March 2020 – Drew hosted “Global Innovation for Healing of the Nations,” a virtual event celebrating the one-year anniversary of Drew’s Religion and Global Health Forum.
The event featured guest speakers including the Rev. Vanessa Wilson T’18,’20, lead pastor of The Church of the Good Shepherd and president of Sikona, Inc.; Nashon Hornsby, assistant commissioner at the NJ Division of Community Health and the Rev. Dr. Fred D. Smith Jr., president of Shalom Communities Institute for Leadership Development and adjunct faculty at the Institute for Spirituality and Health.
Kenneth Ngwa, director of the Religion and Global Health Forum and professor of Hebrew Bible at Drew Theological School, reflected on the inaugural year of the forum. “The year that we have been in existence as the Religion and Global Health Forum has been a year that has presented the world the significant challenges,” he said. “For us, community, advocacy, research and education help us as we go forward.”
Drew Provost Jessica Lakin noted the uncanny timing of the launch of the forum directly prior to the outbreak of COVID-19 in the U.S. “In retrospect, it was an opportune time to launch the Religion and Global Health Forum,” she said. “The mission to build a world where people—especially those that have been historically marginalized—will have access to consistent, quality healthcare is extraordinarily important, and it has never been more relevant.”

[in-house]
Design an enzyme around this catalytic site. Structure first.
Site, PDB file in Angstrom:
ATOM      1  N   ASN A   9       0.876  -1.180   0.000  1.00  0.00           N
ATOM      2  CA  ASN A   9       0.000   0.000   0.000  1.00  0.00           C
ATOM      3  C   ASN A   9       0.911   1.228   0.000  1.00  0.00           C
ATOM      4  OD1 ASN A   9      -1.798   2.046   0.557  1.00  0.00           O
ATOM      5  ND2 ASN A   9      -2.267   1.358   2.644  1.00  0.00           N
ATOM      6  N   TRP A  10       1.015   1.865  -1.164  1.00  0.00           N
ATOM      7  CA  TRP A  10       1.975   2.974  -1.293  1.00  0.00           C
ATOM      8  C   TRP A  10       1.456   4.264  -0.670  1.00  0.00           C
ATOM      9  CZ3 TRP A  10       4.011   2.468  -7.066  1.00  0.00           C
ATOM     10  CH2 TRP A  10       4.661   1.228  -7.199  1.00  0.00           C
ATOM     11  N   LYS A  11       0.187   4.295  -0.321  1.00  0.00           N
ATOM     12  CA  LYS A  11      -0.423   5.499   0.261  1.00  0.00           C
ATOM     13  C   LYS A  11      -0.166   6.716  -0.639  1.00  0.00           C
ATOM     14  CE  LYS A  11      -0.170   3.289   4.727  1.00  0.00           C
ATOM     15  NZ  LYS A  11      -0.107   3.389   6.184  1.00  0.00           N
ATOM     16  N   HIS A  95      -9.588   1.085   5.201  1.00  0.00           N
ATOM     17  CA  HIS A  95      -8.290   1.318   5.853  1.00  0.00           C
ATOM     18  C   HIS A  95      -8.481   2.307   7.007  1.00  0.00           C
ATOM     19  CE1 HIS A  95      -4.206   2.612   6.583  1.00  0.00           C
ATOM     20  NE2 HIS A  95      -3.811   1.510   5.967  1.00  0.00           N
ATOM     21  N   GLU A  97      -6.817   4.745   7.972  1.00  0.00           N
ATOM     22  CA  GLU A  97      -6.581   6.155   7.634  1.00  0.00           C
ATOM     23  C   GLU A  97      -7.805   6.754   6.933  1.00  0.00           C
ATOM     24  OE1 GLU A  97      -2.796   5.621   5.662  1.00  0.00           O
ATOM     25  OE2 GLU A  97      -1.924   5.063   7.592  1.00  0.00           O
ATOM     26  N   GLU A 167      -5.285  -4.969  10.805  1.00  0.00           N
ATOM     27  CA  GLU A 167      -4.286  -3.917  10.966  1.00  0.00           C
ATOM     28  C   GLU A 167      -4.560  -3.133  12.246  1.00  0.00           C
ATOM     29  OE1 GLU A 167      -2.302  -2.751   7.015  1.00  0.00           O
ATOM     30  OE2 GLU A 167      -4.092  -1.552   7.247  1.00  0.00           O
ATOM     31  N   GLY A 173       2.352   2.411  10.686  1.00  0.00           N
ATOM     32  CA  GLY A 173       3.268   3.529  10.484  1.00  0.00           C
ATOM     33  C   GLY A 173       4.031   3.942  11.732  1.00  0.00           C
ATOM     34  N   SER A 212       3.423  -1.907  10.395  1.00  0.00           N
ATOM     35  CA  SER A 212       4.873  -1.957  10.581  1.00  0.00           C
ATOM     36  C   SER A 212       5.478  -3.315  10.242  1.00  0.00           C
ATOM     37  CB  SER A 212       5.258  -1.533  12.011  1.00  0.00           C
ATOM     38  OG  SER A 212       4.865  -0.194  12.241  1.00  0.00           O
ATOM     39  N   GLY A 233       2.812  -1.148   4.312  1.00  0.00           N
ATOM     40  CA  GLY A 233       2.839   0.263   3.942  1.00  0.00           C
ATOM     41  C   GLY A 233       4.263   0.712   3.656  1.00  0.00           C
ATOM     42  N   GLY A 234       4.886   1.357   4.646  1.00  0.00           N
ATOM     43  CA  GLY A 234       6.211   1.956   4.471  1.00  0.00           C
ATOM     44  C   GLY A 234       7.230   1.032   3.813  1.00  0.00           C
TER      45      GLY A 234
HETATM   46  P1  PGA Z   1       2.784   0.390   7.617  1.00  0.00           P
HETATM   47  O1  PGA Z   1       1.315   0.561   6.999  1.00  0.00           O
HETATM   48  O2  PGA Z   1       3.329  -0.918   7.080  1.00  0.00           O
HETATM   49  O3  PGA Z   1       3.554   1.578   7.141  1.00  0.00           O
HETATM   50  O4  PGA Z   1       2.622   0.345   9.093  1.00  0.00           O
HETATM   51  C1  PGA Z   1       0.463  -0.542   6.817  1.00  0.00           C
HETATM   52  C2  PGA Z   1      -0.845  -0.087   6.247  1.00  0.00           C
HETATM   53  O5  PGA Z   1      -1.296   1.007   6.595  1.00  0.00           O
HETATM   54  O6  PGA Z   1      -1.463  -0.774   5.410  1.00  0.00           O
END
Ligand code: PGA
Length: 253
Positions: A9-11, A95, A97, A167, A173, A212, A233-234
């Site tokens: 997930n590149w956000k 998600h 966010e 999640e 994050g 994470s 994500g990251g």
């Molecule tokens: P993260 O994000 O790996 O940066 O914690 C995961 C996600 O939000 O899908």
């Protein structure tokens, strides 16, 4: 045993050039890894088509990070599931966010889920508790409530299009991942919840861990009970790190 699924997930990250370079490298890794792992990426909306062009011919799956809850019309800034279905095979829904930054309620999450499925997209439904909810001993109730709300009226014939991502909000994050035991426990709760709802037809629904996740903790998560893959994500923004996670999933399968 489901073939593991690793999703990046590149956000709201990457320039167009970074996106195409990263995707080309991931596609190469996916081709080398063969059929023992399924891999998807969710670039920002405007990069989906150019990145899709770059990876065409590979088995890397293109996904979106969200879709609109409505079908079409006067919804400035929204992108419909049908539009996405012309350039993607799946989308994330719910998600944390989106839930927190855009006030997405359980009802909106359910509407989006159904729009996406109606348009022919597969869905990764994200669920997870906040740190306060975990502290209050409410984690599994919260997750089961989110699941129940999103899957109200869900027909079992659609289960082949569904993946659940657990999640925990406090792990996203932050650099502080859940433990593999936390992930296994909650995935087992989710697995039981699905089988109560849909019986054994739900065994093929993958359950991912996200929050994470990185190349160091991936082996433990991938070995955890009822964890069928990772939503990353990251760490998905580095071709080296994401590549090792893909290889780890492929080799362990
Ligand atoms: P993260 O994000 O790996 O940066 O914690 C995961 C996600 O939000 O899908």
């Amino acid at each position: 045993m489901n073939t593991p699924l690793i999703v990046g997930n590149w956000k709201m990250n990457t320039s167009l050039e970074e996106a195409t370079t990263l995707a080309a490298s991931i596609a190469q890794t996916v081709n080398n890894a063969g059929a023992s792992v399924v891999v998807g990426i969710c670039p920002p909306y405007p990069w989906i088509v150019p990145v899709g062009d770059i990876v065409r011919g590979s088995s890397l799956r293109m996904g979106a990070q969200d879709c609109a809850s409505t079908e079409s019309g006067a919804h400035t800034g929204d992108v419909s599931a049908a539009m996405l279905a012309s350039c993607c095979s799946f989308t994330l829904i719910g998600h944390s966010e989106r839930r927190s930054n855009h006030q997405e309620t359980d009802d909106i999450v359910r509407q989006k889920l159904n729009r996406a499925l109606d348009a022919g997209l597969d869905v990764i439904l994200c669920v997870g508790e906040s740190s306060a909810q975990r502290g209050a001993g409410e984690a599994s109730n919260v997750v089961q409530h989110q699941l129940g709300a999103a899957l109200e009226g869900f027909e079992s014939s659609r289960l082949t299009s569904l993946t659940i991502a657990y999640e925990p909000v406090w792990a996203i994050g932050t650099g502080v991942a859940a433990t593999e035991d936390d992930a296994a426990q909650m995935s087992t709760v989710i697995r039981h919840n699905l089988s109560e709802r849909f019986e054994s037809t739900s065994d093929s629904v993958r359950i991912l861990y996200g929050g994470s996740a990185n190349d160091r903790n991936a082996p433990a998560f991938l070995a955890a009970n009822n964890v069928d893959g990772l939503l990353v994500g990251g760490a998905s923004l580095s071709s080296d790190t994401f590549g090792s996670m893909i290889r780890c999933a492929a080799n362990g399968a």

In addition to the COVID-19 pandemic, racial injustices were brought to the surface this year, perhaps more so than ever before. “There’s more than enough evidence so show that there are not only disparities, but there are structural institutions, belief systems and biases that have led to disparities we have been trying to address for decades,” said Hornsby. “We as a nation are in a position now where we are having the dialogue in a way that we haven’t in the past—we’re able to actually say that racism exists.”
The role and importance of congregations in faith and health was a topic shared by all guest speakers. “Congregations are like trees that have roots that run deep in community and are inter-woven in the fabric of society,” said Smith. “They are strong. They endure. They are life-giving.”
Wilson talked about how the healing power of prayer positively impacted her throughout her battle with cancer. “It’s really integrated, you need both the conventional and the spiritual to work in tandem. My journey has taught me the importance of collaboration and letting go and letting the wisdom of the community heal itself.”
Hornsby also talked of his success incorporating healthy lifestyle programs into houses of worship and religious communities.
The event also featured artistic impression performances from The Tribe of Judah Dance Ministry from The Church of the Good Shepherd in Willingboro, NJ and Paolo Marchettini, DMA, composer, clarinetist and theory faculty at the Manhattan School of Music.
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